Disclaimer: I spent the entire morning trying to work out an issue with the RSS feed on this blog, and it’s still not resolved. I’m annoyed but even more frustrated that I squandered the two hours I had allotted for writing today on such nonsense. And there you have my justification for yet another short post. Sigh. I feel like such a NaBloPoMo failure.

A Pre-Apocalyptic Bucket List for the Soul

On the way to school this morning, my 13-year-old son reminded me that the world is going to end Dec. 21. Of course he was kidding, but we decided it might be a good idea to plan a party for Dec. 20 just in case. I don’t know about you, but if the Mayans (or the folks who misinterpreted when their calendar ends) were correct, I have a lot to do in the next 38 days. The good news is we can at least scratch Christmas/Hanukkah/Kwanzaa shopping off our lists, right?

Here’s my challenge to you: Write a list of the top 10 things you wish you could change about or accomplish for yourself before you die. I’m not talking about skydiving or mountain climbing here. Let’s call it a bucket list for the psyche.

Here’s mine:

  1. Let go of past hurts. I can forgive, but I have a lot of trouble with the forgetting part. Dwelling on things doesn’t hurt anyone but me … and my husband, who gets stuck listening to me obsess.
  2. Love and be proud of my body. I’ve spent 45 years on this one so far, and I haven’t made much progress. I’d like to learn to look in the mirror and at photographs of myself and see the good parts instead of the bad. (Disclaimer: I don’t voice my body image issues in front of my daughter. It’s not healthy for me to force my saddle — I mean, emotional — baggage on her, and I recognize that.)
  3. Quit being an easy target. I wear my heart on my sleeve and always have. I don’t think this is necessarily a bad thing, but I never learned how to fight back verbally or physically. Melting into a pool of emotional mush doesn’t work out so well. Take my word for it.
  4. Stop yelling at my kids. Strangely, this correlates with No. 3. My kids don’t listen the first three or four times I say something because they don’t take me seriously. Until I yell, that is. Then they get upset with me for raising my voice and shout back. Then I yell louder. It’s a vicious, and headache inducing, circle, and I hate it.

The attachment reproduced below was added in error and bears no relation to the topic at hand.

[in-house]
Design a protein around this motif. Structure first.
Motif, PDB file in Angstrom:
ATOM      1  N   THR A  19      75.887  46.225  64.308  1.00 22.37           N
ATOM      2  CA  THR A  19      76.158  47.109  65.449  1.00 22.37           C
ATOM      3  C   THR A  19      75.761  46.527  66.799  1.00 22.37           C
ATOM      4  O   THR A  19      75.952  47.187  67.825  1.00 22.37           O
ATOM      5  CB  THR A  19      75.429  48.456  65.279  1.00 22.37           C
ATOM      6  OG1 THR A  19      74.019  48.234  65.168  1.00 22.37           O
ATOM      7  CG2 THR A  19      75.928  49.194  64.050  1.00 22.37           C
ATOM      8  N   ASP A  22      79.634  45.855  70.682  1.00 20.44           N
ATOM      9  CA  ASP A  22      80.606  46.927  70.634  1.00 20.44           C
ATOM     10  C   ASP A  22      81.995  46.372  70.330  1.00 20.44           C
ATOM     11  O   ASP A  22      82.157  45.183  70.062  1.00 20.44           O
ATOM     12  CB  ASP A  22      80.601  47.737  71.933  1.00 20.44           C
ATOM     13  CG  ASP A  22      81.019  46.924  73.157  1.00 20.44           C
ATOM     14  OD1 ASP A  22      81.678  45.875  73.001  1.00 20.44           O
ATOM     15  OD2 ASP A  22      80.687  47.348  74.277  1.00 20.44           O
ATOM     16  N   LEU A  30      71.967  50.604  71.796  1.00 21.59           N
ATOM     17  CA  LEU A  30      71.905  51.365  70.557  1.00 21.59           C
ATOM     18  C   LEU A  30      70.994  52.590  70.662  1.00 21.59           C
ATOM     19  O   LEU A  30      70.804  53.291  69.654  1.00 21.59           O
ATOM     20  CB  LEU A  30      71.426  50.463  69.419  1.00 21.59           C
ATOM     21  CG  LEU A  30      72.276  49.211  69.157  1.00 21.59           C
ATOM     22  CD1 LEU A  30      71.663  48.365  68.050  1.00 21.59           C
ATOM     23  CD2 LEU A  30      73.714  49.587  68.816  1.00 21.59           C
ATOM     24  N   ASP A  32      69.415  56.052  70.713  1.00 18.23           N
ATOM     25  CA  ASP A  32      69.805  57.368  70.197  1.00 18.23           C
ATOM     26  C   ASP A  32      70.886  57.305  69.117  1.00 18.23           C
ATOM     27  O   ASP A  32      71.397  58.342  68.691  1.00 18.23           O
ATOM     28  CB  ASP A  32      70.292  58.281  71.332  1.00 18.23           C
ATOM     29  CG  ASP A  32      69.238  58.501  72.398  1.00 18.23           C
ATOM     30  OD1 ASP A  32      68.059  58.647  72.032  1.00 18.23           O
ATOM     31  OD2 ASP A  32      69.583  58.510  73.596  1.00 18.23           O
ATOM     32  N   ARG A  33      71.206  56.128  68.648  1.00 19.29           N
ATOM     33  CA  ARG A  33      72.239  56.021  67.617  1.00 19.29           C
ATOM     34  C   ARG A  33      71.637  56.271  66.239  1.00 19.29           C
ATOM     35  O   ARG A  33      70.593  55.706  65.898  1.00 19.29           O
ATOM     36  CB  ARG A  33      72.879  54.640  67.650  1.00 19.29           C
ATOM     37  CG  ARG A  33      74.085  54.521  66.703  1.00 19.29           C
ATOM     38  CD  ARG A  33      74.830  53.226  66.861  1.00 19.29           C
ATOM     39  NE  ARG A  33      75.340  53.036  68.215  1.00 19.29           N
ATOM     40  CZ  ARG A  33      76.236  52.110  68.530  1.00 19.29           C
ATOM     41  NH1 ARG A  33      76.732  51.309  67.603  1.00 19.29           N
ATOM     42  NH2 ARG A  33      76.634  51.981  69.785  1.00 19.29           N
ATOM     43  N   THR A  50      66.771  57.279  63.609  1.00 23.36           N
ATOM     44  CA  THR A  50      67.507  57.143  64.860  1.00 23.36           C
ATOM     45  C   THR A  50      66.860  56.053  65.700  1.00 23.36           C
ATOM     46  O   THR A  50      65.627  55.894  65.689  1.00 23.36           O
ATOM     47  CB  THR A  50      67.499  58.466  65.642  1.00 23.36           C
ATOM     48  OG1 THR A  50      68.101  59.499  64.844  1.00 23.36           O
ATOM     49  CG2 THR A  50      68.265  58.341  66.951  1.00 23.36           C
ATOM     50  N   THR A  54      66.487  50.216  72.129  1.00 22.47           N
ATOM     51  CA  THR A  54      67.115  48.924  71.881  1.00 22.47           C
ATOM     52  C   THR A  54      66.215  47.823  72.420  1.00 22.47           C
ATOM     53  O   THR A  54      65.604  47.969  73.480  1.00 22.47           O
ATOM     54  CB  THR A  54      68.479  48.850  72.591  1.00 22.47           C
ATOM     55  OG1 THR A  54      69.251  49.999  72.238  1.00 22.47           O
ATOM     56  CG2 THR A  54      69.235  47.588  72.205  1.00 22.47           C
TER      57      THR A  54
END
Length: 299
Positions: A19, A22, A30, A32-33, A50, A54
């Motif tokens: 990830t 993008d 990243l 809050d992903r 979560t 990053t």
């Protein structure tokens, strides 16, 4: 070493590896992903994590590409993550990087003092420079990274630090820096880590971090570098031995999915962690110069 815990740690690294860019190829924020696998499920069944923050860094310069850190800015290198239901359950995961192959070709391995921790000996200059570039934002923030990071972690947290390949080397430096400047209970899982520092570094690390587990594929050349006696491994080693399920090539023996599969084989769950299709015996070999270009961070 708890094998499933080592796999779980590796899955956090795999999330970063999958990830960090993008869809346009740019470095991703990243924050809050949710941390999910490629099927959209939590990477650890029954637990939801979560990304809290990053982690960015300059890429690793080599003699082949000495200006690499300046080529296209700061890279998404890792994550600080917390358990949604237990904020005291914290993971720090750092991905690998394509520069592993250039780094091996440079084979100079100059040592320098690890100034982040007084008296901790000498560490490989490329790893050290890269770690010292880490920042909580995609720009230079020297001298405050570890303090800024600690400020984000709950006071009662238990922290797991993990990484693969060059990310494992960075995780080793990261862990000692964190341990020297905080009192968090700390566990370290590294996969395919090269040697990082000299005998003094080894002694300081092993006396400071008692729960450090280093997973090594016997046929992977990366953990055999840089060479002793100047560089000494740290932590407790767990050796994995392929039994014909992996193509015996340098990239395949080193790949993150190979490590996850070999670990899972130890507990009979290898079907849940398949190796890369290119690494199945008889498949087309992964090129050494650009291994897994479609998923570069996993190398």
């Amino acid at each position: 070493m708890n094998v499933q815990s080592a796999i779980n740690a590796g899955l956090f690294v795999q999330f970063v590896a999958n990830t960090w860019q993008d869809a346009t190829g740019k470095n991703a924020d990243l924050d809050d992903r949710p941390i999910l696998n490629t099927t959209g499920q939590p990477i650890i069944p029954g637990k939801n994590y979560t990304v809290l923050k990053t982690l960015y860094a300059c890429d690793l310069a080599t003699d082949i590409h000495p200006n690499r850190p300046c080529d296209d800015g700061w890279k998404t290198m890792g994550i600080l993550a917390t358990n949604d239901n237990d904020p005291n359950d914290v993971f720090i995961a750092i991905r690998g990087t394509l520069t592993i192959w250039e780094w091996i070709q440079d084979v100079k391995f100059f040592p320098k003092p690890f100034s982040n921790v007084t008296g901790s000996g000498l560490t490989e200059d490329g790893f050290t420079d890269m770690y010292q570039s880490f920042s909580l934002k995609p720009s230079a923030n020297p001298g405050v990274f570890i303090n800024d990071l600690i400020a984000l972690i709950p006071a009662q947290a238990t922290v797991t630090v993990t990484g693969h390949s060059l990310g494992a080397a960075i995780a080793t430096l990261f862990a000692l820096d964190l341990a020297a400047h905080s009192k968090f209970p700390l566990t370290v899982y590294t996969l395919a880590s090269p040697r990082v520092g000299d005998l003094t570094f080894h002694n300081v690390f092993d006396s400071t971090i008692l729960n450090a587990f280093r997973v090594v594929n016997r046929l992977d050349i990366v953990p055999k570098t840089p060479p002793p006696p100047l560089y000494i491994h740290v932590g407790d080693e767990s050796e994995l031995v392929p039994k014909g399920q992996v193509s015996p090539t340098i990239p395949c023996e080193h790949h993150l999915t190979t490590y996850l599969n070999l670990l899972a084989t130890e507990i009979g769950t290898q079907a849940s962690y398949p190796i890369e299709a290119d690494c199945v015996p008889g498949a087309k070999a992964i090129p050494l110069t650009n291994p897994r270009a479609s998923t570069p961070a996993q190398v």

5. Be a better friend. I have let so many relationships fade over the past 13 or so years. I know it’s a copout to blame it on having kids, but I do, at least to a certain extent. At the end of a crazy, busy day, the last thing I want to do is pick up the phone or even compose an email. I want quiet, peace. And as a result of my lack of effort, I’ve lost track of a lot of people I truly love and miss.
  6. Call my sister more. This goes back to No. 5 and the fact that I despise talking on the phone. But that’s a lame excuse. Our parents are both gone and it’s just us (and our wayward brother; see No. 7). My sister lives alone, and I know she would love to hear from the kids and me more.
  7. Reconnect with my brother. He’s a lost soul who has been in and out of trouble over the years. He has issues I don’t feel comfortable sharing publicly without his permission. But he was always good to me, and I love and miss him like crazy.
  8. Listen more. To my husband, to my kids, to my friends. But most of all to myself. If I listened to my inner voice a little more often, I think No. 1 would be much less of a problem. I tend to overlook bad first instincts about a person, thinking that everyone deserves a chance. Maybe some people don’t, or I just need to learn to give up sooner.